Economist Says Soybean Tariff Aid Will Be Paid on Per Bushel Basis

Pat Westhoff, director of FAPRI-MU says while he has no idea what the tariff aid payments will actually be, he anticipates soybean payments to range from 25 cents per bushel to no more than $1 per bushel. ( Farm Journal )

As the trade battle continues to plague shipments of some ag goods, new export numbers from the Department of Labor reveal prices for U.S. farm exports fell 5.3% in July; the most in more than six years. Soybean prices plummeted 14.1%, as China currently has a 25% tariff on U.S. soybeans.

In July, the Trump Administration tried to ease some of farmers’ financial fears by announcing a $12 billion emergency aid package. It’s money that will go to farmers caught in the escalating trade battle.

However, it’s details about the U.S. Department of Agriculture's plan that are still vacant, with some farmers searching for more clarity as harvest nears. University of Missouri’s Food and Agricultural Policy Research Institute (FAPRI) is analyzing the little details already out, trying to assess what payments could be. Pat Westhoff, director of FAPRI-MU says while he has no idea what payments will actually be, he anticipates soybean payments to range from 25 cents per bushel to no more than $1 per bushel.

“I've seen quotations where the Secretary expects the total cost of this program for the payments to producers to be between $7 billion and $8 billion dollars,” Westhoff says. “If you think that soybeans will be significant share of that, you can do the math and figure out that it's unlikely the payment rates will be too high, because above a certain level it would be more than the amount allocated to all crops. We looked at a possible range of payments anywhere from a low side of 25 cents a bushel to high of $1 a bushel, figuring we'd probably be somewhere in that range. Where in that range we might be, we really have no idea.”

It’s a guessing game for economists and farmers as to how much money an individual producer will receive, however, Westhoff does think it will be factored on an individual’s personal production, not a county average yield.

“My understanding is that the current discussions suggest a certain payment rate per bushel, that everybody would get it - everybody that produced soybeans this year,” he said.

That could bring up a pain point for farmers currently sitting in drought-stricken areas. If the lack of rain hinders overall production for a farmer, then that also means the payment they receive for tariff aid could be small.

“The biggest concern we've heard that Missouri has been that we have a lot of producers in northwest Missouri who were hit hard by drought this year, who won’t have much of a crop to sell,” he says. “And because they won’t have much to sell, they won't qualify for many payments.”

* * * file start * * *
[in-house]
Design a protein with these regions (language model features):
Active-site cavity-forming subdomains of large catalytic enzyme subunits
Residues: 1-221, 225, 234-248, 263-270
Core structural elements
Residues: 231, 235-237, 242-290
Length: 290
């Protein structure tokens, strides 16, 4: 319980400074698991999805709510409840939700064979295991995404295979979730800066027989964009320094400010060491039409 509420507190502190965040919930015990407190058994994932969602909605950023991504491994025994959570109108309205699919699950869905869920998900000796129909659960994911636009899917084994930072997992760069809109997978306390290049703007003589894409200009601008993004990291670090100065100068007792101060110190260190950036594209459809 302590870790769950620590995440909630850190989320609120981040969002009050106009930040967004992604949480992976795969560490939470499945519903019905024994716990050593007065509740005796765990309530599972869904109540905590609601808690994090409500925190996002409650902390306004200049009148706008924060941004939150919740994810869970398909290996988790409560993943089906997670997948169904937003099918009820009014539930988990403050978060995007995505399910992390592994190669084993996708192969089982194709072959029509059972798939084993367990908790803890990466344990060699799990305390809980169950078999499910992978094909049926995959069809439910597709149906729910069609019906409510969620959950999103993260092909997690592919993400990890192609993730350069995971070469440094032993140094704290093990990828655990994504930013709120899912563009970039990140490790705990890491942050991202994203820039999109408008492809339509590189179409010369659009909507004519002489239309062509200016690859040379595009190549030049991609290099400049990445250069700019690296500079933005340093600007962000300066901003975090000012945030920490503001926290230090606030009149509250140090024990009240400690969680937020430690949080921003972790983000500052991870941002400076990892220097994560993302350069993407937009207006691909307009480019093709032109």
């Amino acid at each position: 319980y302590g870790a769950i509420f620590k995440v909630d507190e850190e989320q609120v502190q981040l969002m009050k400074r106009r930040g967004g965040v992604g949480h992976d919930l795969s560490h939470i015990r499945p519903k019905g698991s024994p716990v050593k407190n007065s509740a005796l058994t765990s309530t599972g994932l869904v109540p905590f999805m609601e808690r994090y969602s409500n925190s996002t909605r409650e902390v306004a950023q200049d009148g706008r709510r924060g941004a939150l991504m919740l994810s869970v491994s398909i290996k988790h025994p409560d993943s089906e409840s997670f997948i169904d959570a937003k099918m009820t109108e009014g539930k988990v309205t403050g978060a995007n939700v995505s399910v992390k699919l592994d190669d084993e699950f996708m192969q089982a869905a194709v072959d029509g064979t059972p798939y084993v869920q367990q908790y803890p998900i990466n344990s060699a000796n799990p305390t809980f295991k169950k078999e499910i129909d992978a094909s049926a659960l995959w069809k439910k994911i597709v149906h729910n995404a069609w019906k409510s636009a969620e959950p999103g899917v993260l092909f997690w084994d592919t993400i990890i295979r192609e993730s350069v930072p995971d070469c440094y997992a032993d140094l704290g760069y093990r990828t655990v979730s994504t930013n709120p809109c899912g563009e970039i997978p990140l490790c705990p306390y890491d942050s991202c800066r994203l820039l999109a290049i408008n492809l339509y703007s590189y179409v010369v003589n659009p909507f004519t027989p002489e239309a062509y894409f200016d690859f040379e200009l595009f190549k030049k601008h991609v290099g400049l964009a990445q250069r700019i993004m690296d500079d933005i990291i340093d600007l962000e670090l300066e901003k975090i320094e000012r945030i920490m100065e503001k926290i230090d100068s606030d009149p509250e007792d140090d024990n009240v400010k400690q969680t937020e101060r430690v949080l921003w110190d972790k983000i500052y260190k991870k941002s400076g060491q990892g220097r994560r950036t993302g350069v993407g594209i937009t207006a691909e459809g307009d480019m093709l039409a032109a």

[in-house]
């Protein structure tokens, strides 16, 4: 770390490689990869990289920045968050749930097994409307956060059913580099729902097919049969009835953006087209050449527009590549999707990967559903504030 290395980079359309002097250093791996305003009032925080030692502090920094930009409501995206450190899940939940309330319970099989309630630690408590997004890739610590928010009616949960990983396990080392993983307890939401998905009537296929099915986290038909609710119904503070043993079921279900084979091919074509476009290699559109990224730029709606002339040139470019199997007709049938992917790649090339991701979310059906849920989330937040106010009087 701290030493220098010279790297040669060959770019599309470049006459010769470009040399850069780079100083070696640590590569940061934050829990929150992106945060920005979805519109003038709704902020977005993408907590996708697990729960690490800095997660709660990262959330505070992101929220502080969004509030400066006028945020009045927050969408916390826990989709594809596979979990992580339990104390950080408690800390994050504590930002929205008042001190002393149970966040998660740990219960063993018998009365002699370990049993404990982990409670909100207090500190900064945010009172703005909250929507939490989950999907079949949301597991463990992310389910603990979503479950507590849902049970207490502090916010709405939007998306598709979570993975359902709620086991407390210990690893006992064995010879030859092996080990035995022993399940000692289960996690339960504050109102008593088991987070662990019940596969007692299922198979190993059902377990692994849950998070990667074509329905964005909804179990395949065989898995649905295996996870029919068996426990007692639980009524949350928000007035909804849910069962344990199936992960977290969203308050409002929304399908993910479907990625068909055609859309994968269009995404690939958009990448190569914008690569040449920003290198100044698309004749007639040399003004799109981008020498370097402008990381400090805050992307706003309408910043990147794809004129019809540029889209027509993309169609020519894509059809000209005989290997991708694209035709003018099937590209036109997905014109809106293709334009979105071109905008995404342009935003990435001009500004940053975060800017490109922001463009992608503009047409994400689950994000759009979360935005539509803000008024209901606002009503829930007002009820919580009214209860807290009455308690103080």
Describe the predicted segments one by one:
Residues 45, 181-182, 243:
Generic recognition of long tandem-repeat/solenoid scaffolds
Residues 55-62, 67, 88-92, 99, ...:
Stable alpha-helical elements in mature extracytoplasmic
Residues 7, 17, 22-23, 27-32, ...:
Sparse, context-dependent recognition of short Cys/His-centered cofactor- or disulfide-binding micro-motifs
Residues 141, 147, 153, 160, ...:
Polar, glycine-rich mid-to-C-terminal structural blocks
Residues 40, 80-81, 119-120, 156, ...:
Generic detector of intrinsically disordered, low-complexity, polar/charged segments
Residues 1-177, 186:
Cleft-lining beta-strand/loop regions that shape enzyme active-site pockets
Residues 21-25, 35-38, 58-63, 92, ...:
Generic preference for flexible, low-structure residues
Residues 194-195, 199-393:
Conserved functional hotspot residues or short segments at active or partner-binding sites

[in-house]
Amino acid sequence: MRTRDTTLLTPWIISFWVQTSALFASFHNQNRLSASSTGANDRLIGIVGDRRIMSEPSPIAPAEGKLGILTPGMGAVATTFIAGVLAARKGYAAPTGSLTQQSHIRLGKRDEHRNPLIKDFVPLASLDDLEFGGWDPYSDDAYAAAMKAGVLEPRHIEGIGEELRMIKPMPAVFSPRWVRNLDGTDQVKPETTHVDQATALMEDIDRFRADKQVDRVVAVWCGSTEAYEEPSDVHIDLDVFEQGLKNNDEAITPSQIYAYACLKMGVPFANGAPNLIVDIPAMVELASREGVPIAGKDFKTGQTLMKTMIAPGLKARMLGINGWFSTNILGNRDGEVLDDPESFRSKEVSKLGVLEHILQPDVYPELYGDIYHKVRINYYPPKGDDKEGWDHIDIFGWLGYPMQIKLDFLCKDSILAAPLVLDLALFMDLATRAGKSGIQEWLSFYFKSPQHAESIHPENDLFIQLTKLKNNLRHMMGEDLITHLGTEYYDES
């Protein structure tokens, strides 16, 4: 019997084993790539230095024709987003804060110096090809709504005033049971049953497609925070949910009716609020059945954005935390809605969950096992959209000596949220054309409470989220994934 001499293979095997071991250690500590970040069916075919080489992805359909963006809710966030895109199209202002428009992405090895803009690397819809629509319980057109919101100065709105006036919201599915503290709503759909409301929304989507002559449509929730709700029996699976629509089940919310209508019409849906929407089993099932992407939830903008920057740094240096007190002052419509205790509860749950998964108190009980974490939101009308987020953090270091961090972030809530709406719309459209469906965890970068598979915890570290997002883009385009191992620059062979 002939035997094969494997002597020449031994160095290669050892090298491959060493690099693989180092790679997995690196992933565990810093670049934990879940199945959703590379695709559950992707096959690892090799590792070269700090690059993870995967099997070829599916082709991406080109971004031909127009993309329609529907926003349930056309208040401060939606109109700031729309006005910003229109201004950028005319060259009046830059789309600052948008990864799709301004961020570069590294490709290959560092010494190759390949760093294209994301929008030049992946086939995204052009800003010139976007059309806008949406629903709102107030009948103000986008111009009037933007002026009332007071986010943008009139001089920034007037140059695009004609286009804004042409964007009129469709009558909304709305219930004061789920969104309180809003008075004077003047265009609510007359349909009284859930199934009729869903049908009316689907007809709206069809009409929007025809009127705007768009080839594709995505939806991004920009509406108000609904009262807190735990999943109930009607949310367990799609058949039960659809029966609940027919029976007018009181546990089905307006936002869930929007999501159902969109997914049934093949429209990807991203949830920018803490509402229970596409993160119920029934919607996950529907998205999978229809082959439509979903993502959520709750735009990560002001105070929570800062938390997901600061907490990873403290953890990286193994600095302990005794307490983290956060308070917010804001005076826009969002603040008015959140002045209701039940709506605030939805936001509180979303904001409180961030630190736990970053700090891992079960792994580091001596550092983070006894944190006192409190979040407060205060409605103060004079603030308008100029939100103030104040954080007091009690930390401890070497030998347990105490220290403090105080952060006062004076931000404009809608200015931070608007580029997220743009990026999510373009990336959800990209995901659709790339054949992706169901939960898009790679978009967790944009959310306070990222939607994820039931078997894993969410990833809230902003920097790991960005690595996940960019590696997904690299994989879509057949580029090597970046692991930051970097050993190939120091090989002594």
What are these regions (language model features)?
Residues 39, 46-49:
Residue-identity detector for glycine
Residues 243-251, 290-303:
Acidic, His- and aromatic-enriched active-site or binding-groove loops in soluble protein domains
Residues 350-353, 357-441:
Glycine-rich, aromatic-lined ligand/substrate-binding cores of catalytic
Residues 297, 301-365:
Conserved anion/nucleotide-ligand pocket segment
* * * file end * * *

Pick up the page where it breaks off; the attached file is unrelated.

It’s also details on timing of payments that are unknown today. Westhoff thinks that information is not being rolled out yet because the administration is still trying to finalize the aid package. He said it’s missing approvals that could be handcuffing the Trump Administration.

“I think it [the timing of payments] all depends on when the administration's able to finally come to a firm decision about what they want to do,” Westhoff says. “Last I heard, they still hadn't received all the approvals needed to receive in the administration to become final, so until that happens, we won't know for sure.”

Westhoff thinks there is a strong incentive by the administration to release the payments quickly, with talk of those payments occurring in two to three months.

“Making an announcement of what the payments rate will be, I think will make everybody a lot more at ease,” Westhoff says.

What if the trade dispute between the U.S. and China gets resolved in the next couple weeks? Will producers still receive aid payments? Westhoff says unless something happens quickly, he thinks the payments will be made.

“It seems unlikely to me that we're going to resolve all of these issues - at least with China - any time soon, especially in the case of soybeans,” he says. “The China tariff is far and away the largest part of the picture here. I would be very happy to be wrong about that and be very happy to receive a satisfactory conclusion very quickly, but that doesn't seem to be in the cards right now.”

As agriculture searches for more clarity on the tariff aid package, Westhoff reminds producers to be patient. He thinks farmers are likely to get a payment this fall, if they have a crop to sell. It’s just the amount and timing of the payments that are still in limbo.

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